When I moved to Houston, I was given a quick lesson in local pronunciation.  "San Phillipy" was the correct pronunciation of San Felipe for use on air. 

Another one I remember people making a point of was Tuam.  "Too-am," not "Twam."

Link to comment
Share on other sites

When I first moved to the Houston area I lived in Pasadena, they had a street spelled Tartar but everyone pronounced it Tater. It led into Pasadena Blvd at Burke Rd. but a few years ago they renamed the whole road Pasadena Blvd.

Edited by hindesky
  • Like 1
Link to comment
Share on other sites

4 hours ago, editor said:

 

When I moved to Houston, I was given a quick lesson in local pronunciation.  "San Phillipy" was the correct pronunciation of San Felipe for use on air. 

Another one I remember people making a point of was Tuam.  "Too-am," not "Twam."

I'd imagine "San Jacinto" (with a hard "j" and a short "i") and "Kirkendoll" were covered in that lesson as well.

I've occasionally heard Tuam pronounced as "chew 'em", but I'm pretty sure anyone using that variant isn't from Houston.  

Link to comment
Share on other sites

1 hour ago, mkultra25 said:

I'd imagine "San Jacinto" (with a hard "j" and a short "i") and "Kirkendoll" were covered in that lesson as well.

I've occasionally heard Tuam pronounced as "chew 'em", but I'm pretty sure anyone using that variant isn't from Houston.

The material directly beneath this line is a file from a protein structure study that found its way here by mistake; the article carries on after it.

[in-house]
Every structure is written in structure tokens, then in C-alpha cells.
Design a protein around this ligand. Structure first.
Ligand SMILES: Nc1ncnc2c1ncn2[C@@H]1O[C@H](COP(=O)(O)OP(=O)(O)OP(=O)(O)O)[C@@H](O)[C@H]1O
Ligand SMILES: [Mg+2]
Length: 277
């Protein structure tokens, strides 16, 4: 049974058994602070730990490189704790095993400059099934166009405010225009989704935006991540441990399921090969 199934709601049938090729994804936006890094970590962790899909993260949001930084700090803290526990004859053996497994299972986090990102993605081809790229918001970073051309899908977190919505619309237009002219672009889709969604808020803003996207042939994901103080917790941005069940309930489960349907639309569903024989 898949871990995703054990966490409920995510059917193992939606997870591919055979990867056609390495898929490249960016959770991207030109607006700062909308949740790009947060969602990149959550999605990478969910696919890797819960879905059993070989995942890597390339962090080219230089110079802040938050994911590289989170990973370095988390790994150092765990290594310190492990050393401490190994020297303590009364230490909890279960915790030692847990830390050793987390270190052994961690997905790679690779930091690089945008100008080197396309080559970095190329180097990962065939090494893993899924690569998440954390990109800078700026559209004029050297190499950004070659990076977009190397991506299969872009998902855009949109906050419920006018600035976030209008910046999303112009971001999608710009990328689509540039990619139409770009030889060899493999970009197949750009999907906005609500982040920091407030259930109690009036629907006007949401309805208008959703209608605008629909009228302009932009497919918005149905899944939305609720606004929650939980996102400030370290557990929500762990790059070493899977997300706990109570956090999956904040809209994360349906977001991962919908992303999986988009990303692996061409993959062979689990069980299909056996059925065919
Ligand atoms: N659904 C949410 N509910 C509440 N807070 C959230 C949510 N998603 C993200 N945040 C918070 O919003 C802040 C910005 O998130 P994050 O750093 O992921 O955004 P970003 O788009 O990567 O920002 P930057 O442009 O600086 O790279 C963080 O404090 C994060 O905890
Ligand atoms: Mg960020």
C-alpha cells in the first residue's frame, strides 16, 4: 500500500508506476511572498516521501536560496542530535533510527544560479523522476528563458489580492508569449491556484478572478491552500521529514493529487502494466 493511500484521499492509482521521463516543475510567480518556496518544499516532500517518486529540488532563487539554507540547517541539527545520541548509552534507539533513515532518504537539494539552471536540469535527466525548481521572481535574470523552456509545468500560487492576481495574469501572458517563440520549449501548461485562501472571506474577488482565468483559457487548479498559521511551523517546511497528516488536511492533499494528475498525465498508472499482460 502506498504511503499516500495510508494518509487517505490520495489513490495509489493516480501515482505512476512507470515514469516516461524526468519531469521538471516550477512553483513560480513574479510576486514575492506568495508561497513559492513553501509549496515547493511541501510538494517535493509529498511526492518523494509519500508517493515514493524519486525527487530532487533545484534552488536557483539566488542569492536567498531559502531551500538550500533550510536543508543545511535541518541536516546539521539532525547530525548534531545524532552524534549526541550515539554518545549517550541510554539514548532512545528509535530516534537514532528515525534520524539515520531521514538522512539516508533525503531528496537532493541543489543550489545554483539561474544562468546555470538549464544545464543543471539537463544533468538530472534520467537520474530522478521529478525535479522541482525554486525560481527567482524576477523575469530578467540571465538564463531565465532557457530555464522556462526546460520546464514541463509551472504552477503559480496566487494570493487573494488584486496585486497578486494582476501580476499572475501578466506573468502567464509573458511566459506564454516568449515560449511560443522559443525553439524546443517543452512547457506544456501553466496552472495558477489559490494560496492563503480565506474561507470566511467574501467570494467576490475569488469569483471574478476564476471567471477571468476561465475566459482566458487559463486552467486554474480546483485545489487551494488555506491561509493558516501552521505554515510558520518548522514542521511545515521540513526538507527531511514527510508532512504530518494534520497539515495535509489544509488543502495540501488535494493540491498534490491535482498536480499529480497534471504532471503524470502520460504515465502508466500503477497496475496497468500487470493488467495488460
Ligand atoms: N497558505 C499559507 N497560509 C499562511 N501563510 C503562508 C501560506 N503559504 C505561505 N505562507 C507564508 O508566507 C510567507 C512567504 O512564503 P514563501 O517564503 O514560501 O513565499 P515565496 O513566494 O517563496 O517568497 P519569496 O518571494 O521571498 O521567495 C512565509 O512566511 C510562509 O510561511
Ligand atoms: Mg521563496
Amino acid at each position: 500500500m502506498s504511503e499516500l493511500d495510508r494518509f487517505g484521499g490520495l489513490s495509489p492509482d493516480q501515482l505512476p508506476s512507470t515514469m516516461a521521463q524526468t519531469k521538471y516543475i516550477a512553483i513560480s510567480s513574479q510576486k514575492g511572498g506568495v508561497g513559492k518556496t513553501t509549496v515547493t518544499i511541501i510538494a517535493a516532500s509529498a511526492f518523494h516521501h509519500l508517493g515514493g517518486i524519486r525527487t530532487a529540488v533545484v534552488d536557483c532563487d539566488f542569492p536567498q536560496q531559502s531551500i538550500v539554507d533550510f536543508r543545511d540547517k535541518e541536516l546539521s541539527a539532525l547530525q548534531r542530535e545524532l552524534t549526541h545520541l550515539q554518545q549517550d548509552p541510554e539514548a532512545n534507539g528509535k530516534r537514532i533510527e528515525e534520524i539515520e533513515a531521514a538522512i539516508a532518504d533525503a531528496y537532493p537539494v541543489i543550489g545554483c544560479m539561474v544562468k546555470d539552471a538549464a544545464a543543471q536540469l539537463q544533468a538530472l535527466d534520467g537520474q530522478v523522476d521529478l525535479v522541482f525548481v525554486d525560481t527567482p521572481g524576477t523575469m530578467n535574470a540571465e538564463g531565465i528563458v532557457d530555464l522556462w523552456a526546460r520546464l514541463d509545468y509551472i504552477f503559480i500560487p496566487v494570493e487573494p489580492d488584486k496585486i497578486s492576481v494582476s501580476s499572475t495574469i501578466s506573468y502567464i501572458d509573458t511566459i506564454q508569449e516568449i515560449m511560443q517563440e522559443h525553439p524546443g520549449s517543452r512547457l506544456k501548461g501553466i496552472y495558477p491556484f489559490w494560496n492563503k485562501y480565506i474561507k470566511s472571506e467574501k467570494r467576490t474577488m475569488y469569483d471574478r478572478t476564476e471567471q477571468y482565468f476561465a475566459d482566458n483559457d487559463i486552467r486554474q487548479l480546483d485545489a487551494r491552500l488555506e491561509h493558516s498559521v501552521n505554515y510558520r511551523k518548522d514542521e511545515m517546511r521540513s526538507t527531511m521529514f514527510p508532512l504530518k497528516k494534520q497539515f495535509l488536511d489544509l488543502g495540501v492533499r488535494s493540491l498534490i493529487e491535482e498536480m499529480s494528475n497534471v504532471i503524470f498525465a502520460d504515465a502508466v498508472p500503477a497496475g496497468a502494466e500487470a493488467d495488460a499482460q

The pronunciation of the town in Ireland(where the name came from) is something like "chewm". Tuam is the town where Dick Dowling was born. https://www.tshaonline.org/handbook/entries/dowling-richard-william#:~:text=Richard William Dowling%2C businessman and,and settled in New Orleans.

Link to comment
Share on other sites

19 hours ago, hindesky said:

When I first moved to the Houston area I lived in Pasadena, they had a street spelled Tarter but everyone pronounced it Tater. It led into Pasadena Blvd at Burke Rd. but a few years ago they renamed the whole road Pasadena Blvd.

The street was Tatar, not Tarter. It was named for developer Herbert Tatar.

Link to comment
Share on other sites

15 hours ago, mkultra25 said:

I'd imagine "San Jacinto" (with a hard "j" and a short "i") and "Kirkendoll" were covered in that lesson as well.

I've occasionally heard Tuam pronounced as "chew 'em", but I'm pretty sure anyone using that variant isn't from Houston.  

"Kirkendall" is the correct pronunciation of Kuykendall. It's a Dutch thing, not a Houston oddity.

Link to comment
Share on other sites

14 hours ago, Dave W said:

The street was Tatar, not Tarter. It was named for developer Herbert Tatar.

I disagree, I lived in Pasadena for 25 yrs, I know I wasn't seeing things and the name was written "Tartar St." on the street signs but pronounced Tatar St. by the locals.

http://www.pasadenatexas.com/non-profit/harris_county_geneological_society.htm

uII35GM.png

Link to comment
Share on other sites

  • The title was changed to Historic Houston Roads

Join the conversation

You can post now and register later. If you have an account, sign in now to post with your account.

Guest
Reply to this topic...

×   Pasted as rich text.   Paste as plain text instead

  Only 75 emoji are allowed.

×   Your link has been automatically embedded.   Display as a link instead

×   Your previous content has been restored.   Clear editor

×   You cannot paste images directly. Upload or insert images from URL.

Loading...
×
×
  • Create New...